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TLDR below. This is not financial advice.
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Iron Finance is an Algorithmic Stablecoin project using the model of Frax Finance, including 2 main tokens, $IRON (stablecoin) and $TITAN (Governance token).
Before the bank rune, Iron Finance is now the most prominent project on the Polygon ecosystem with a TVL of nearly $2 Billion, before that Iron Finance was also developing products on BSC but Polygon is the main market of the project.
On Polygon, the project had achieved great achievements, only in the first half of June:
TVL increased to $2 Billion.
$TITAN increased by almost $50, from $1.33 to a peak of $64.19.
It is now worthless.
Iron Finance Explained
IRON is a partially collateralised mechanism so it uses $USDC and $TITAN which is the secondary token created within the system. Every $IRON is valued at one dollar. It could be like 70% $USDC and 30% backed by the value of $TITAN.
$TITAN helps to support the price of $IRON and this 70-30 split is calculated based on an effective collateral ratio and is recalculated based on demand and supply. The end goal of this entire mechanism is to figure out the monetary policy to support $IRON as a stablecoin.
IRON VS FRAX
We want discuss about $FRAX because we did a big report on stablecoins together with Lemniscap and Bocconi university where we analysed eight different algo stablecoins.
$FRAX was the main protocol that created this design, then $IRON came along which was basically a copy of that but was built on a different chain. They built it on BSC and the Polygon network.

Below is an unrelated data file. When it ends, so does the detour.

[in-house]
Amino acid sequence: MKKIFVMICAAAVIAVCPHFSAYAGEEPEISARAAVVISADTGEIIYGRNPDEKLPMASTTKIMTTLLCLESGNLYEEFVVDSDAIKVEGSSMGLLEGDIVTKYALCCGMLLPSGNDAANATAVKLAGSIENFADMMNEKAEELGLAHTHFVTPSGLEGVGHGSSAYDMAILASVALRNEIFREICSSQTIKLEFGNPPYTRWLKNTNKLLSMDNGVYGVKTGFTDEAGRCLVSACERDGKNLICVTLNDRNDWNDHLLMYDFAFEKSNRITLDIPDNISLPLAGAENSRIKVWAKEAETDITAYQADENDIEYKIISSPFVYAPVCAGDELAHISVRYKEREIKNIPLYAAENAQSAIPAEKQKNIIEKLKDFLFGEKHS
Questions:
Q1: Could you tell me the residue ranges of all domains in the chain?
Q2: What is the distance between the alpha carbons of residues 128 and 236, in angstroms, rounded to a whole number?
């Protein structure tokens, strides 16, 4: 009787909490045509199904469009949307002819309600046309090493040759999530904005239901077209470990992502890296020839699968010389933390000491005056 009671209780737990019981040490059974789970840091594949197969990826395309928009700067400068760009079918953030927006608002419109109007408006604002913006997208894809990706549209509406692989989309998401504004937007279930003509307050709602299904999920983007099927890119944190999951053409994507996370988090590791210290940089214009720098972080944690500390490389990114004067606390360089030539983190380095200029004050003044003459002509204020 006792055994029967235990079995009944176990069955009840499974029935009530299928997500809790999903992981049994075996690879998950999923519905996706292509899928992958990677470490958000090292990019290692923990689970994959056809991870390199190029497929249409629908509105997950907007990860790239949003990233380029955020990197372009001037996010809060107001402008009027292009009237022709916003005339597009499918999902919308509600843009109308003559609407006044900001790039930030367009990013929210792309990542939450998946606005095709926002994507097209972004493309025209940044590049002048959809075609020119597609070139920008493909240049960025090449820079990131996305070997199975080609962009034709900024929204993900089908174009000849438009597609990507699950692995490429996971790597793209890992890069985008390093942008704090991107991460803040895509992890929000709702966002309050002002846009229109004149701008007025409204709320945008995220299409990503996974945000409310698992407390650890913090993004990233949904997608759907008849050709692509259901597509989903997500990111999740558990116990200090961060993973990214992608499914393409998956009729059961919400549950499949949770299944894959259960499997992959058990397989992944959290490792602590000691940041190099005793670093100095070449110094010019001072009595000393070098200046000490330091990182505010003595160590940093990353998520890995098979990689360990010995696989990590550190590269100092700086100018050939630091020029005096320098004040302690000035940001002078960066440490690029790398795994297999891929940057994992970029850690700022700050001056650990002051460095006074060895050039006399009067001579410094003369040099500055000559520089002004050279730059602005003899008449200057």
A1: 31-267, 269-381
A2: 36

If They Are The Same Then Why Did $FRAX Succeed Whereas IRON Failed?
The similarity is that both $FRAX and $IRON use partial collateral or partial reserve and both have the same reserve which is $USDC.
The key difference is that with $FRAX the base mechanism is the same but it moved on to create version 2 and updated the system to make it more robust and efficient, which $IRON did not do. They stayed on V1.
Great concept, great idea, but poor design.
That is where everything started to fail.
Causes of Failure:
1. Uncontrolled supply
The whole analysis in the white paper is that the total planned emission for $TITAN was 1 billion tokens with 70% is held by the community and 30% by the team and treasury.
If you look into the $TITAN supply, over the course of the day of 17th June there was a huge increase and by the end of 17th June, 34 trillion tokens were circulating. If we take a closer look you can see that two big minting periods increased the supply uncontrollably. There was this massive supply inflation of the token and the prices fell and went from $60 to $0.
2. IRON & TITAN relationship
The collateral ratio of 70% $USDC and 30% $TITAN is a good design. That is basically the mathematical relationship to link $IRON output with $TITAN input. However, there is not much definition of $TITAN as output and $IRON as input, so there is not much governance and relationship definition around $TITAN itself — it has not been well designed.